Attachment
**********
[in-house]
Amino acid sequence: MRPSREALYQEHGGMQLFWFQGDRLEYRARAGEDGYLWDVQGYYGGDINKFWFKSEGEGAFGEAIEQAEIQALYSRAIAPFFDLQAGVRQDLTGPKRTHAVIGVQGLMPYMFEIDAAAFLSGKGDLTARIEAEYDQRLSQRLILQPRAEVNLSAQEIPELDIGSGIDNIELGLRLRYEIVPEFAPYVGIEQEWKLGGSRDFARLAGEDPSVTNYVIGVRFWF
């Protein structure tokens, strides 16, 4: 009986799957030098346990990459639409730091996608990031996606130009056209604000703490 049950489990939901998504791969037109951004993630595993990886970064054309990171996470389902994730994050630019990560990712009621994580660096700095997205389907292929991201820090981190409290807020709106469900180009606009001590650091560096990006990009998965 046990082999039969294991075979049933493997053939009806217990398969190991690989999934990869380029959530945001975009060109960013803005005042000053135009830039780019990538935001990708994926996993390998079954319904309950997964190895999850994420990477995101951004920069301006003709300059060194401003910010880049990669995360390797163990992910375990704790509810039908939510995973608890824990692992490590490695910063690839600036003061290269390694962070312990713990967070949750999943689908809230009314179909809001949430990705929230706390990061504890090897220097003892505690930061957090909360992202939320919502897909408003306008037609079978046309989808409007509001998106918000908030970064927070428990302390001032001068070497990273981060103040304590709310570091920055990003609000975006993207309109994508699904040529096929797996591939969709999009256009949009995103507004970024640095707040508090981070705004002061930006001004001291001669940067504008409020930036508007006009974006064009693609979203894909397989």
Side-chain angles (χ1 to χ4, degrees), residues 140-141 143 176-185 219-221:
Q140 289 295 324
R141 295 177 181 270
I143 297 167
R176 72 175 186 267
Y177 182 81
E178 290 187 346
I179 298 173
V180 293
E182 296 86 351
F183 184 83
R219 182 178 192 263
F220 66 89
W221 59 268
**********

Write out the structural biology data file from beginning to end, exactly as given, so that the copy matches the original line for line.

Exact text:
[in-house]
Amino acid sequence: MRPSREALYQEHGGMQLFWFQGDRLEYRARAGEDGYLWDVQGYYGGDINKFWFKSEGEGAFGEAIEQAEIQALYSRAIAPFFDLQAGVRQDLTGPKRTHAVIGVQGLMPYMFEIDAAAFLSGKGDLTARIEAEYDQRLSQRLILQPRAEVNLSAQEIPELDIGSGIDNIELGLRLRYEIVPEFAPYVGIEQEWKLGGSRDFARLAGEDPSVTNYVIGVRFWF
């Protein structure tokens, strides 16, 4: 009986799957030098346990990459639409730091996608990031996606130009056209604000703490 049950489990939901998504791969037109951004993630595993990886970064054309990171996470389902994730994050630019990560990712009621994580660096700095997205389907292929991201820090981190409290807020709106469900180009606009001590650091560096990006990009998965 046990082999039969294991075979049933493997053939009806217990398969190991690989999934990869380029959530945001975009060109960013803005005042000053135009830039780019990538935001990708994926996993390998079954319904309950997964190895999850994420990477995101951004920069301006003709300059060194401003910010880049990669995360390797163990992910375990704790509810039908939510995973608890824990692992490590490695910063690839600036003061290269390694962070312990713990967070949750999943689908809230009314179909809001949430990705929230706390990061504890090897220097003892505690930061957090909360992202939320919502897909408003306008037609079978046309989808409007509001998106918000908030970064927070428990302390001032001068070497990273981060103040304590709310570091920055990003609000975006993207309109994508699904040529096929797996591939969709999009256009949009995103507004970024640095707040508090981070705004002061930006001004001291001669940067504008409020930036508007006009974006064009693609979203894909397989």
Side-chain angles (χ1 to χ4, degrees), residues 140-141 143 176-185 219-221:
Q140 289 295 324
R141 295 177 181 270
I143 297 167
R176 72 175 186 267
Y177 182 81
E178 290 187 346
I179 298 173
V180 293
E182 296 86 351
F183 184 83
R219 182 178 192 263
F220 66 89
W221 59 268